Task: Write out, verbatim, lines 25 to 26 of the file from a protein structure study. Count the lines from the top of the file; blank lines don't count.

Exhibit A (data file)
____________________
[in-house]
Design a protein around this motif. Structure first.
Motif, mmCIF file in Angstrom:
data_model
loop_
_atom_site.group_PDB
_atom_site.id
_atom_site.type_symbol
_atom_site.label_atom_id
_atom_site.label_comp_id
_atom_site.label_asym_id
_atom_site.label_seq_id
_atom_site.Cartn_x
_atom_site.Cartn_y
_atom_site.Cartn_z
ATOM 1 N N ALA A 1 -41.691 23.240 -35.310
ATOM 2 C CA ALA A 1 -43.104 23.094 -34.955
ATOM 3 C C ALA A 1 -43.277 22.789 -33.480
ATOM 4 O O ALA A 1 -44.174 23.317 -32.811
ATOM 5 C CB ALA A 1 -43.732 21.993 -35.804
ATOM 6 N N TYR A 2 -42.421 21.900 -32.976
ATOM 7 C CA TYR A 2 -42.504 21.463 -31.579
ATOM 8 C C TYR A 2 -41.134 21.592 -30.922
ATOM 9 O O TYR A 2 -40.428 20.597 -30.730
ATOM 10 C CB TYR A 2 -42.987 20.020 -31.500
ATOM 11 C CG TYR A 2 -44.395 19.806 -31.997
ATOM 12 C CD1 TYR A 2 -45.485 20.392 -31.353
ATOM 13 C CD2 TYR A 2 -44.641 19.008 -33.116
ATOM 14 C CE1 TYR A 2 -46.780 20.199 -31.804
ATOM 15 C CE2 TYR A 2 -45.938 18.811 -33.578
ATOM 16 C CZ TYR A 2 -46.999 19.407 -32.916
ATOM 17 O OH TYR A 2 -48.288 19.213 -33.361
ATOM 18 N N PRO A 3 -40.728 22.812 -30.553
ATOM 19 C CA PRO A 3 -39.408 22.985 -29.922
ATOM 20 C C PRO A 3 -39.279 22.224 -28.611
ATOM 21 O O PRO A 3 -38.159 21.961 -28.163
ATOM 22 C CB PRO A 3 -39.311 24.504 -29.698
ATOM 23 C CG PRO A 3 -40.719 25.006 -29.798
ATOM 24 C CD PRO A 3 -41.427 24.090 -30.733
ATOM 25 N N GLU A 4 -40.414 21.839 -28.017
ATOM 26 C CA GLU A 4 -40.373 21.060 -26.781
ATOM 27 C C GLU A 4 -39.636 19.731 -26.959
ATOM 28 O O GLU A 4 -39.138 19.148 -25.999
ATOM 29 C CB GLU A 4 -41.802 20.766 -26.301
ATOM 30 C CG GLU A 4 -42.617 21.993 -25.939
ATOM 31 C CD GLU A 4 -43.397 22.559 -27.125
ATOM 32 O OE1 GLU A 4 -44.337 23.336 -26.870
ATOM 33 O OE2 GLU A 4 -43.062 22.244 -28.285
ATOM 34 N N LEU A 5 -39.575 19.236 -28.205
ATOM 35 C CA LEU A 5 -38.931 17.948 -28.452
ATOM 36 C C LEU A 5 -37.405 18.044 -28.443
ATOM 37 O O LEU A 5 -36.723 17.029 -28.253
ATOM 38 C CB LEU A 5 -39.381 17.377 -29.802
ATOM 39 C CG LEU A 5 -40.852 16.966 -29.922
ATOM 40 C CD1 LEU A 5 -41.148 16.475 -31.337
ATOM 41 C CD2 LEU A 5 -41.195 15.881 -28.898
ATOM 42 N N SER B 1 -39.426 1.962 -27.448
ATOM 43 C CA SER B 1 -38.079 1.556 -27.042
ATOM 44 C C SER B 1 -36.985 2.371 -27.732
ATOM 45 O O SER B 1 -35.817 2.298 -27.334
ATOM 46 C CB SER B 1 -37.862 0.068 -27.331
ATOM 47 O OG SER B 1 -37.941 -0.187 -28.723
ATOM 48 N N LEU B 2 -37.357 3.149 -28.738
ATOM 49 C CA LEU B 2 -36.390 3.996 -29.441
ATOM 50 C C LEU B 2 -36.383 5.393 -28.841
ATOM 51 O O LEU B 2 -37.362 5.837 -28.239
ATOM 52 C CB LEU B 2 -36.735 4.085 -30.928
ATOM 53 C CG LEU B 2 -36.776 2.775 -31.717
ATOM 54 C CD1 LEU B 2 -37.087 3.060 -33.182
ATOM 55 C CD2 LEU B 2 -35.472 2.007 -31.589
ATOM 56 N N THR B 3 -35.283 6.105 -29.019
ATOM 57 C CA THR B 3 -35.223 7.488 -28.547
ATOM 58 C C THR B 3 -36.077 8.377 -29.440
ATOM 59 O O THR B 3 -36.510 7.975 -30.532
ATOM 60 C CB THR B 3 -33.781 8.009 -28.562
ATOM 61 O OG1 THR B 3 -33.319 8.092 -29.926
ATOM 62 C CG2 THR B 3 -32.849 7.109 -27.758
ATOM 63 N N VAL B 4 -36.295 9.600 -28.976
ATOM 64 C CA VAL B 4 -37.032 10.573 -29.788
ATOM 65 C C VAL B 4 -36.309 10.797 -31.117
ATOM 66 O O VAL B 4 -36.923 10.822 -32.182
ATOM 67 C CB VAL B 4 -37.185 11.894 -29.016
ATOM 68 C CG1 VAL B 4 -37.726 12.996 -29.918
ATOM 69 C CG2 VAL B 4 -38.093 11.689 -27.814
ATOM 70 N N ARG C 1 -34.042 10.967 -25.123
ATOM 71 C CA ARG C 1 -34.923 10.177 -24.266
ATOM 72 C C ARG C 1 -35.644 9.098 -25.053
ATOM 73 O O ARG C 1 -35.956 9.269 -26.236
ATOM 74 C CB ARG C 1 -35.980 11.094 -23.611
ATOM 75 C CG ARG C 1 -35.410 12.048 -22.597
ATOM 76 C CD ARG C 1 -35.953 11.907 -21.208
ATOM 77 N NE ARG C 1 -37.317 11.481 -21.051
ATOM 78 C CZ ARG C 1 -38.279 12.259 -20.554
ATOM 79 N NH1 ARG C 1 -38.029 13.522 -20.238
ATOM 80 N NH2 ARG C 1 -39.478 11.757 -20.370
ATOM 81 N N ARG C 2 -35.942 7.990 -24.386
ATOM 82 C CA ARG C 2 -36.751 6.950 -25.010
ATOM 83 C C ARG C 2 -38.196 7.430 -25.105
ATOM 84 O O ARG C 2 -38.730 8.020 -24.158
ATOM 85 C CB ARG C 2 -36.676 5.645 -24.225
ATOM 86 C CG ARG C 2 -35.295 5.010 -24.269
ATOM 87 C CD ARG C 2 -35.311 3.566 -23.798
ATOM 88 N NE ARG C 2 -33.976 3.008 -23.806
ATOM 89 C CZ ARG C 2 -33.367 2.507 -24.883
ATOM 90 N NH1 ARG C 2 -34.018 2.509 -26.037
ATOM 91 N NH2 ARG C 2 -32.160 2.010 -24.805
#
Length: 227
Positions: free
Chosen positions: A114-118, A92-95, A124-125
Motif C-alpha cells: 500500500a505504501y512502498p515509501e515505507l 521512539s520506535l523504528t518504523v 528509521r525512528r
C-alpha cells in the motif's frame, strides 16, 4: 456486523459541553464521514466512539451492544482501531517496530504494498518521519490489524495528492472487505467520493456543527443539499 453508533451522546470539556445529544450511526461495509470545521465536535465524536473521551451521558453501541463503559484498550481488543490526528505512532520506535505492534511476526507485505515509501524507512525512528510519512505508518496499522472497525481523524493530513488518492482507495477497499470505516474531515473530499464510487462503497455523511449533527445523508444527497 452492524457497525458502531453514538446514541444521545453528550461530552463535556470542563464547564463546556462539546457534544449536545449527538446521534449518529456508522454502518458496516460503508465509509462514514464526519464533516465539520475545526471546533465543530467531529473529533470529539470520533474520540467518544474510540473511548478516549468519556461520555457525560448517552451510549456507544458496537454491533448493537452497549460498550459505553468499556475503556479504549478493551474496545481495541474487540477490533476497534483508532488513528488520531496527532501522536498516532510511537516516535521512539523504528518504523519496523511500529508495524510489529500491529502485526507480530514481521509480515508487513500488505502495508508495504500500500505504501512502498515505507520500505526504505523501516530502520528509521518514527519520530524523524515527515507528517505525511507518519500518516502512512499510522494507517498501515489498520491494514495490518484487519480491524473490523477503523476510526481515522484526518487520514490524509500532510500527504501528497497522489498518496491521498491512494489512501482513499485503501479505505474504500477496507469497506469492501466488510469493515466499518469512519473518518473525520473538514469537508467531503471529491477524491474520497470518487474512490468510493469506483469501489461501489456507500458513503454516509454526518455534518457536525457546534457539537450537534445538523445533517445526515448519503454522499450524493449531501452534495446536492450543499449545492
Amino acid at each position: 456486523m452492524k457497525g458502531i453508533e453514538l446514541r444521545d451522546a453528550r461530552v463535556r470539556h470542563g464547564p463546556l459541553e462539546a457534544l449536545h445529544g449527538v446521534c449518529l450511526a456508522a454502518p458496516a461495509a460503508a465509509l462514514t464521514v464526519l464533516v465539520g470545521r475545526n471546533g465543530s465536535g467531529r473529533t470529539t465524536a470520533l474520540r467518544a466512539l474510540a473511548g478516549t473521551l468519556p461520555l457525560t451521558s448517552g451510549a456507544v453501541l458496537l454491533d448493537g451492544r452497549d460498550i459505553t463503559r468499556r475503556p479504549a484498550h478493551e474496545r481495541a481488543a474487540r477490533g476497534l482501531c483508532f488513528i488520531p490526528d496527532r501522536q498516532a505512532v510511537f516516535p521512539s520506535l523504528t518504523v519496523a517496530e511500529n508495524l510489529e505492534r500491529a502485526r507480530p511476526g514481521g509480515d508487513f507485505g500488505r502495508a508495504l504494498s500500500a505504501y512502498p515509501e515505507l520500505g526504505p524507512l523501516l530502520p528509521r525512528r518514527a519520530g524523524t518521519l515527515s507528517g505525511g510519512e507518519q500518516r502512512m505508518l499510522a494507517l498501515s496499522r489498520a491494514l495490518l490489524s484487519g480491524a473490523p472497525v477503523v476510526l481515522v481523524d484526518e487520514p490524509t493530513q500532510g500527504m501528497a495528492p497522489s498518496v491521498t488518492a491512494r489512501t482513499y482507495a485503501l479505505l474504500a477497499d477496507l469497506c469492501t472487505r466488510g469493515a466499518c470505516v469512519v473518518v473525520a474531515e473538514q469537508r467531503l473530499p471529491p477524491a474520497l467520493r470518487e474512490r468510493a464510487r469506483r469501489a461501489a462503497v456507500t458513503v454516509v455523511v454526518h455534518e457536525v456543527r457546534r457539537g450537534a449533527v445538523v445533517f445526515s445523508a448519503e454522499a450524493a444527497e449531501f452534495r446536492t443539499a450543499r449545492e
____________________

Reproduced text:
ATOM 10 C CB TYR A 2 -42.987 20.020 -31.500
ATOM 11 C CG TYR A 2 -44.395 19.806 -31.997